The Billary Problem

Whether Hillary Clinton has really “set [her] ego aside for world peace, world stability and for the good of the country”, as Senator Barbara Boxer suggested during Mrs Clinton’s confirmation hearing yesterday, is not for us to say. But we are pleased that her appointment as President Barack Obama’s Secretary of State will not mean the end of her husband’s philanthropic activities, as had seemed possible at one time.

Many people worry that the existence of the Clinton Foundation and the Clinton Global Initiative, both of which we write about in the book, create a serious conflict of interest for the new Secretary of State. “The foundation exists as a temptation to any foreign entity or government that believes it can curry favor though a donation,” complained Republican senator Dick Lugar.

In an extensive article yesterday (subscription may be required), the Wall Street Journal went even further, claiming that the deal hammered out between the Clintons and the Obama transition team, which required greater transparency about charitable donations, was not tough enough on the former president. Indeed, transparency seems to have only added to the Journal‘s fury, the release of a list of donors in December under the deal prompting it to write: “Here is the spectacle of a former President circling the globe to raise at least $492 million over 10 years for his foundation – much of it from assorted rogues, dictators and favor-seekers. We are supposed to believe that none of this – and none of his future fund-raising – will have any influence on Mrs. Clinton’s conduct as Secretary of State.” It concludes that “it’d be nice to think Mr. Clinton would forswear this money-hustle while his wife is Secretary of State, but that self-sacrifice would belie his entire career.” Ouch!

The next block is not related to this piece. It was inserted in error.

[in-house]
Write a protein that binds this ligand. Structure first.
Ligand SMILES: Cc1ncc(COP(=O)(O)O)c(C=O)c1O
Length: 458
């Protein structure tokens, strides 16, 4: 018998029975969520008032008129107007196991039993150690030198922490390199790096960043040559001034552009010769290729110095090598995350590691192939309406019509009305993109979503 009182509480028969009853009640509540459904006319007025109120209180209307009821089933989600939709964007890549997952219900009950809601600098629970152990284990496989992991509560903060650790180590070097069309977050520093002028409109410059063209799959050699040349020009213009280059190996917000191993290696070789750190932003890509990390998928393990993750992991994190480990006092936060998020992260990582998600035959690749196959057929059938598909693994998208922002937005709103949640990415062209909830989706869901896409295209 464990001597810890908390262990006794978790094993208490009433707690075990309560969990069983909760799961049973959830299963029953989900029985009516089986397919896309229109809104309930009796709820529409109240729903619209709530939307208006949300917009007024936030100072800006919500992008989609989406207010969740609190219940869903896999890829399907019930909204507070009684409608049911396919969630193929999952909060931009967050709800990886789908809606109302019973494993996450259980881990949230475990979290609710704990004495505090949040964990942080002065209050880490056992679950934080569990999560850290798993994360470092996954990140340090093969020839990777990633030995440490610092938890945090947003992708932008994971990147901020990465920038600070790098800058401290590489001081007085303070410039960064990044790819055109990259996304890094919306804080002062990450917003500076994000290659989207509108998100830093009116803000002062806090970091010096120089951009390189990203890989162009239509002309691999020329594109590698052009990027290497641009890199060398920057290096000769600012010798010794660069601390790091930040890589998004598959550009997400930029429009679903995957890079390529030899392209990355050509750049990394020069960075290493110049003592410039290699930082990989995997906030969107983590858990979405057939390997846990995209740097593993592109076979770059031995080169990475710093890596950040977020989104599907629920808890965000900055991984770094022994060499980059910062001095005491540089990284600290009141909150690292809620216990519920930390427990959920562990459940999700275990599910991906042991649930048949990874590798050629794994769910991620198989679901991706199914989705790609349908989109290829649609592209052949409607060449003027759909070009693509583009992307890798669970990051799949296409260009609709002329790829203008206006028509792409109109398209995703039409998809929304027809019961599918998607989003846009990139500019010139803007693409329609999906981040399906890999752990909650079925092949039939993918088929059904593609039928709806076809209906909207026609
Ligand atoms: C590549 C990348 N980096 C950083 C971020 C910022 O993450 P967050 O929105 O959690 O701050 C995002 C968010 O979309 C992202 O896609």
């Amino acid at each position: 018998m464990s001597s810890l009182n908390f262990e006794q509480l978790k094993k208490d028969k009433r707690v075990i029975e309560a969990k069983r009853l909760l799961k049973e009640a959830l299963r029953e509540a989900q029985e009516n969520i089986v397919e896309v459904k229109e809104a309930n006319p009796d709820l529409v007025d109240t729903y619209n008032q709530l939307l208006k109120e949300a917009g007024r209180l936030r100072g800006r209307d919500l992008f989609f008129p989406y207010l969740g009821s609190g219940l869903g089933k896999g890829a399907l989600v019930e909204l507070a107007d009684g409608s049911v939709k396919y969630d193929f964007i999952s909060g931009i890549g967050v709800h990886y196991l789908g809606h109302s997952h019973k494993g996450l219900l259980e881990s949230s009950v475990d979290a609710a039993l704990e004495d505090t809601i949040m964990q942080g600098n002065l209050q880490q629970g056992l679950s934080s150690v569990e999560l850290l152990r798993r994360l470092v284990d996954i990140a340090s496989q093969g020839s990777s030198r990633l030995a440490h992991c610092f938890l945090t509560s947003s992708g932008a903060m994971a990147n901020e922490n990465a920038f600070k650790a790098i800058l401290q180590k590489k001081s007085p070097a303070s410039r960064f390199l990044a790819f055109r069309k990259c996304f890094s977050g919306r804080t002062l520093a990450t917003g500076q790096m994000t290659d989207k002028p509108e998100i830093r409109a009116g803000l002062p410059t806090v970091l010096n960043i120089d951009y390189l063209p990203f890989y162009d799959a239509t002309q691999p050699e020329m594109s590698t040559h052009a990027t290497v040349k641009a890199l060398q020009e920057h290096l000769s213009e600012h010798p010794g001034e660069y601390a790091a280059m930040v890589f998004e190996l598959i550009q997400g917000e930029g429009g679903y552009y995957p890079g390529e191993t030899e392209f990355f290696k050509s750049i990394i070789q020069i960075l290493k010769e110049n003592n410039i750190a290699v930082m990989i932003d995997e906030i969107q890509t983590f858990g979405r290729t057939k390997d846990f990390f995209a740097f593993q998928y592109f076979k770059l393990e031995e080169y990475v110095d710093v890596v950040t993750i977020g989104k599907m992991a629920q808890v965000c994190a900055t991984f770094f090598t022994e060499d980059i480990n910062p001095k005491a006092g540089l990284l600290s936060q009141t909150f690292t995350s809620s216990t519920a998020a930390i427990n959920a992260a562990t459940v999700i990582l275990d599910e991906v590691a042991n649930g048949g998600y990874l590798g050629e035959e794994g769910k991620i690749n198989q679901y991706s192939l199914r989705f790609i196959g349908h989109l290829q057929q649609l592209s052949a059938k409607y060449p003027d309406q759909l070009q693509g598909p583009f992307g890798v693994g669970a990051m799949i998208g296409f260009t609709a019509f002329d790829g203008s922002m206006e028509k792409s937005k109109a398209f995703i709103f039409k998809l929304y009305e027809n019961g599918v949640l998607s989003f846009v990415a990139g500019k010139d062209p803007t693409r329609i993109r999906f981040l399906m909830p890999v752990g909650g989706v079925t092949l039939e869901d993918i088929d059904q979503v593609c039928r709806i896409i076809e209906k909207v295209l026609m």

Oddly, the Journal seems to regard money donated via the Clinton philanthropies as essentially the same as money going into the former president’s personal bank account. It likens his donors to “clients” of Henry Kissinger’s consultancy, in an earlier controversy. Even the most cynical observer of the Clintons – or of philanthropy – would surely concede that there is some difference between the two cash flows.

Even if the Journal is right that some of the donors to the Clinton philanthropic efforts are not the sort of people you would trust with your children’s sweets, it is not clear how getting these Friends of Bill to give back is a bad thing. On the contrary, perhaps it will help them on the path to personal redemption.

But the more important points are these: First, transparency (even the somewhat imperfect version now being implemented) should deal with the conflict of interest problem. If anything, it should ensure that any gift makes it harder for Mrs Clinton to favour the donor, not easier, given the inevitable scrutiny it will get.

Second, the useful debate to have is not who is giving, or even how much, but whether it is making a difference. Whilst it is early days, and many of the projects trumpeted at their outset at the Clinton Global Initiative need thorough impact analysis, there is already plenty of evidence that Mr Clinton’s efforts are making a difference, especially in parts of the world where need is great and America’s image could do with a polish. Indeed, as we have argued before, working in partnership with effective philanthropy, including (providing it is transparent) her husband’s, could play a crucial role in ensuring that what Mrs Clinton calls her “smart power” strategy really is smart.